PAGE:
For acting, this is Heather O'Rourke's best film. Her portrayal of Carol Anne is over the top. She was really shaping into a great actress. Nancy Allen dose well as the selfish aunt, Tom Skerritt plays a good sympathetic uncle, and this is Lara Flynn Boyle's very first movie. Despite, the rushed ending, Poltergeist III is an eerie film from start to finish.
This time, Carol Anne is living in Chicago with her Aunt and Uncle to attend a "gifted" school and the "ghosts" find her. That is the basic plot and given the fact that Kane and his followers went into the light at the end of the 2nd film, having Kane as the "main ghost" made this film fail.
The movie is filled with bad acting and dialogue. Tom Skerritt is just way over the top in his early scenes and gives the worst performance of his career. Nancy Allen doesn't help much and Laura Flynn Boyle was lucky she survived this mess. Then there is the dialogue, which many quotes have become part of my daily life in just the sheer silliness of it all. From "Give Me The Necklace" to "I've got the knowledge and the power" to the bloated face Tangina saying "Outside-In", the movie makes you laugh unintentionally many times. Oh, then there is "The Puddle!","Funny, funnier","We wont harm you..we love you." While over the top, Zelda Rubinstein is the ONLY saving grace in this film. Her presence brings some of the creepiness that this movie needed. Yes, her final scene is pretty bad but here scenes in the middle of the movie are pretty good.
Poltergeist III fails on all fronts but mainly due to the fact that it needed a fresh, new idea for haunting Carol Anne one more time.
If you get bored, try to distract yourself by watching the excellent effects, and by counting how many times the name "Carol Anne" is heard throughout the film. Maybe more than 100 times!
Anyway, this is one of the best and most complex horror-movies I ever saw.
Whereas the first two movies had good acting, "Poltergeist III" has bad acting from almost everyone. Everyone except young Heather O'Rourke, who sadly died four months before the film's release. Her presence here is the only good thing about it.
"Poltergeist III" also has bad writing and bad directing. And the special effects were very unimpressive. This was thankfully the last film of the series.
* (out of five)
It seems that Carol-Anne's parents got tired of her making their life miserable and threw her into the custody of relatives living in a high-rise in Chicago. But, because of the traumatic events of the past, the little girl is in therapy with a psychologist straight out of the Silent movie era school of villainy -- you know, the kind who would tie Lillian Gish to the train tracks and snicker and sneer without a moment's hesitation. Anyway, he is probably the creepiest (and gayest) thing in this mess: a Judy-loving nellie with a flair for bothering the helpless little girl and lingering long after his party is over.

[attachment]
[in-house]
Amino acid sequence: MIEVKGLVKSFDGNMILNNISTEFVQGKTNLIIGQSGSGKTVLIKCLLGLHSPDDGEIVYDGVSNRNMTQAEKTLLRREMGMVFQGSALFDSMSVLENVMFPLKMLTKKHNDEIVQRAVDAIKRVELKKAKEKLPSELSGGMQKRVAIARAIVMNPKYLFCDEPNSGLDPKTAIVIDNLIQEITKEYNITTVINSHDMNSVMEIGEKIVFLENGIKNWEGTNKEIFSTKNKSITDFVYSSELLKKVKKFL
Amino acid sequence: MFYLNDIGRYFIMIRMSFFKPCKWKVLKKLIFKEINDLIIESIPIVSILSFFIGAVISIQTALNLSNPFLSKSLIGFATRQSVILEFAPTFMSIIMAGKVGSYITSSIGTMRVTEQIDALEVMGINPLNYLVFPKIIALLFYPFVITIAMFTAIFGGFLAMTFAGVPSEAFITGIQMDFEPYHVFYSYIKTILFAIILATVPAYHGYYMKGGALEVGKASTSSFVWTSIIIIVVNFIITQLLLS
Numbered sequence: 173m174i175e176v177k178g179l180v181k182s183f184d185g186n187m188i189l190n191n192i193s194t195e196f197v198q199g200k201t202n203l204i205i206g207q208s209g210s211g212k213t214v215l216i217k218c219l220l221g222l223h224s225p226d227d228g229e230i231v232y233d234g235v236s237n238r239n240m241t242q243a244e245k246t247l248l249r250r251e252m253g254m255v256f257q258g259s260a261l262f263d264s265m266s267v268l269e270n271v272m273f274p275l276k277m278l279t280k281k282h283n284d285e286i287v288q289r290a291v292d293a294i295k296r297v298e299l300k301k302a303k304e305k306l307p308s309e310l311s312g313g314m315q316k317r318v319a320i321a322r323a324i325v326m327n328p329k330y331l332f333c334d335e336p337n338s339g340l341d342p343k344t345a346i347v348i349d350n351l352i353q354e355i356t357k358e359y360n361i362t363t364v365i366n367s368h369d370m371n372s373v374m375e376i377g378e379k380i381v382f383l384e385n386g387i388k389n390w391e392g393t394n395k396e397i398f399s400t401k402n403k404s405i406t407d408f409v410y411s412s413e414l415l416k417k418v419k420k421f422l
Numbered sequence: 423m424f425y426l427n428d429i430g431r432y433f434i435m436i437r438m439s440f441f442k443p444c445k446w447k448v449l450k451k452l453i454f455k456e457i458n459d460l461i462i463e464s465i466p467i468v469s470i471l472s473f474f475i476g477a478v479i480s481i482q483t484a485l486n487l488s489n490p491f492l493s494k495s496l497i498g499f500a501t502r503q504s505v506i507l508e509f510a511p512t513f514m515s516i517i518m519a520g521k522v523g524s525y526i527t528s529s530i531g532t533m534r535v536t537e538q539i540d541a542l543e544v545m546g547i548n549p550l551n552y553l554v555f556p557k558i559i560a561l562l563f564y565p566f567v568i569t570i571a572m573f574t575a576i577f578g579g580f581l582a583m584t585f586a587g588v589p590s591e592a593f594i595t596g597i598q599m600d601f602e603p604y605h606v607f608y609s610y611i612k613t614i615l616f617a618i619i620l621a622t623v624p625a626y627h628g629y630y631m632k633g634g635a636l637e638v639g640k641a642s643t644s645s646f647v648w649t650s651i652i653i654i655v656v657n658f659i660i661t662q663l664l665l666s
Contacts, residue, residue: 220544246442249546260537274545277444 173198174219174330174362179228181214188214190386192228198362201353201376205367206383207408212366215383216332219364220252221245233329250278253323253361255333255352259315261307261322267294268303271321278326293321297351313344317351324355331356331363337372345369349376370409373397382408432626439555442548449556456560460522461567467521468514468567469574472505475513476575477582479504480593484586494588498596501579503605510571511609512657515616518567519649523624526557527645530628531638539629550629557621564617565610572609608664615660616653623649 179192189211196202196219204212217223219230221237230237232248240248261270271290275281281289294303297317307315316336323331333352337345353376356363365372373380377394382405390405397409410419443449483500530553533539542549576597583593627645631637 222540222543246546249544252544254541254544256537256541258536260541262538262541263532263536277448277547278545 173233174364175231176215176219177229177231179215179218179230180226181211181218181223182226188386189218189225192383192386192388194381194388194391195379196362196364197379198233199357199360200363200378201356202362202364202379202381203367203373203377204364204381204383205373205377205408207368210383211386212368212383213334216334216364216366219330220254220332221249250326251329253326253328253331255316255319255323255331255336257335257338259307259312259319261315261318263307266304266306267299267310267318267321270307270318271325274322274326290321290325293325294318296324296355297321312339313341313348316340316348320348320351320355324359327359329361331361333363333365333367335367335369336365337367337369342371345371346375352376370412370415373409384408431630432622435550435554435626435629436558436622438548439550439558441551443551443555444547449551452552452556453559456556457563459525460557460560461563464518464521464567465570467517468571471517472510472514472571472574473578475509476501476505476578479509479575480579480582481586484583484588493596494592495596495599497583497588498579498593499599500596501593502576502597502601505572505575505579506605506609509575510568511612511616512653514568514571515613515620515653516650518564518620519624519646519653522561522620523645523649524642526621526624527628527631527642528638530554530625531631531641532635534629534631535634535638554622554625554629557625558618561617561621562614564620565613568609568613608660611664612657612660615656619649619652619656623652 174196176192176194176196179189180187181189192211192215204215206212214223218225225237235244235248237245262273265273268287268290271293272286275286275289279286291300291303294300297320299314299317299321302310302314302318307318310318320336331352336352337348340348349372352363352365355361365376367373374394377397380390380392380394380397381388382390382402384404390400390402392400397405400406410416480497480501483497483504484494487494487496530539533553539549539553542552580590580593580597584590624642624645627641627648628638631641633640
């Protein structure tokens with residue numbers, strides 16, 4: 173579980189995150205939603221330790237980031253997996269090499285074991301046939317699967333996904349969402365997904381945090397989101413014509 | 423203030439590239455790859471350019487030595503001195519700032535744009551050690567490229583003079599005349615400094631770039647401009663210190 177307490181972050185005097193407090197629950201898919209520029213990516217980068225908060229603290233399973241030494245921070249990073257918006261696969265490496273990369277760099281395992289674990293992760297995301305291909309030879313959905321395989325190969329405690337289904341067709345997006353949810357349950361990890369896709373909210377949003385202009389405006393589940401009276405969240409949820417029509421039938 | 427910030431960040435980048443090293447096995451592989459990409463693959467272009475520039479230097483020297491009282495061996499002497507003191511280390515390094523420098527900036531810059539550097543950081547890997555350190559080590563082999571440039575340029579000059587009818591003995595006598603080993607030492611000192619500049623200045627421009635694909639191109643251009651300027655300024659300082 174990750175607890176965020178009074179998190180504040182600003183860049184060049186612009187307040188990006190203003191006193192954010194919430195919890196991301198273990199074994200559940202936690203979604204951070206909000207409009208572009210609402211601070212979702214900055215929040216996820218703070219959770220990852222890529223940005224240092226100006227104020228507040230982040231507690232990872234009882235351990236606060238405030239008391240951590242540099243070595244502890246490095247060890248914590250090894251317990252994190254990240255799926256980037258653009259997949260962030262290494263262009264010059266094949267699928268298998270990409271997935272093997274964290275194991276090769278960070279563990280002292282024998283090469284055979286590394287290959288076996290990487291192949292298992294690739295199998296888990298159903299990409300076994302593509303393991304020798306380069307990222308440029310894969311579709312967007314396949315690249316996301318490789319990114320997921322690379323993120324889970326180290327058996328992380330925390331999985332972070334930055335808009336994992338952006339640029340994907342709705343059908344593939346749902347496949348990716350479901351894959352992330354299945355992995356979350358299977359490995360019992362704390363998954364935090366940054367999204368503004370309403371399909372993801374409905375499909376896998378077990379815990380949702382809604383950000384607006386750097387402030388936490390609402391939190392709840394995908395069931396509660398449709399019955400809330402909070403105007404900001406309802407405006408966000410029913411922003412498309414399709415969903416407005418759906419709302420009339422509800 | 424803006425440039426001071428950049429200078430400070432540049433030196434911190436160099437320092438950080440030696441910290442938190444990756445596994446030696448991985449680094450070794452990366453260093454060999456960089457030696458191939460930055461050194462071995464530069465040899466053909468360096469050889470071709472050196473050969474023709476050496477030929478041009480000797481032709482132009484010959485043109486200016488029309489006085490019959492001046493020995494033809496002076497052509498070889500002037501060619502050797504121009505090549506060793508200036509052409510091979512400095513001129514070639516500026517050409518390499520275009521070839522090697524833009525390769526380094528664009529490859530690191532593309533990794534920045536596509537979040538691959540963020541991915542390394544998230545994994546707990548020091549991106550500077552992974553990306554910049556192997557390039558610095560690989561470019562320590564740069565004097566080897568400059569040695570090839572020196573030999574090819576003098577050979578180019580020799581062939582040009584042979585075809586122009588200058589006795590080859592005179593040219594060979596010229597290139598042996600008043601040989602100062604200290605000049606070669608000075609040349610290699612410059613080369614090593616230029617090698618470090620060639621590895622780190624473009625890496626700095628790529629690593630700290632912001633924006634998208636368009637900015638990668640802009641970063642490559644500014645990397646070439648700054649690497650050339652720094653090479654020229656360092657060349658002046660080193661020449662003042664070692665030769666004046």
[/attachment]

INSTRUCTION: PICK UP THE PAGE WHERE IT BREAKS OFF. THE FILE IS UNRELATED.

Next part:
But not to digress: her Aunt and Uncle love her but well... not that much. And Donna, Carol-Anne's cousin, is all hormones ready to go and wants to have fun. That is, until Carol-Anne's therapy brings back the nefarious Kane into the picture, now played by a cranky old cadaver of a man instead of Julian Beck and voiced by who-knows-what voice-over actor intent on making high, ululating quivers called a voice sound scary.
It's then when POLTERGEIST 3 becomes a carnival ride with lotsa lights and mind-bending images. The only hitch is that by now, they've become irritating instead of scary and predate the remake of THIRTEEN GHOSTS in in sheer grandiosity by 10 years. Characters put themselves in danger for no reason, the word Carol-Anne is repeated until it becomes Chinese torture, and the plot advances with zero concern for believability. And on top of this, Zelda Rubinstein, hopefully unrelated to Helena Rubinstein -- she of the well-known foundation of the same name -- appears with her little-girl whisper and her complete inability to act, and then I knew the movie had really sunk.
Who comes out winning? Well, the attractive black lady who finds Aunt and Uncle making out in the parking levels of the building after a nasty fight with some evil cars, clones of Christine. She is the one moment when I figured I'd switched channels myself and come across a "In Living Color" moment. Who is she? Oh well... doesn't matter: I haven't seen her in anything since this 1988 movie.
P0LTERGEIST III is a misguided mess in every meaning of the word. Nancy Allen, Tom Skerritt, and Heather O'Rourke are painfully bad. Lara Flynn Boyle showcases some 80s excess and comes off a little better but for reasons having to do that she was on the way up, not out. Sadly, O'Rourke's own death during production killed the franchise off immediately.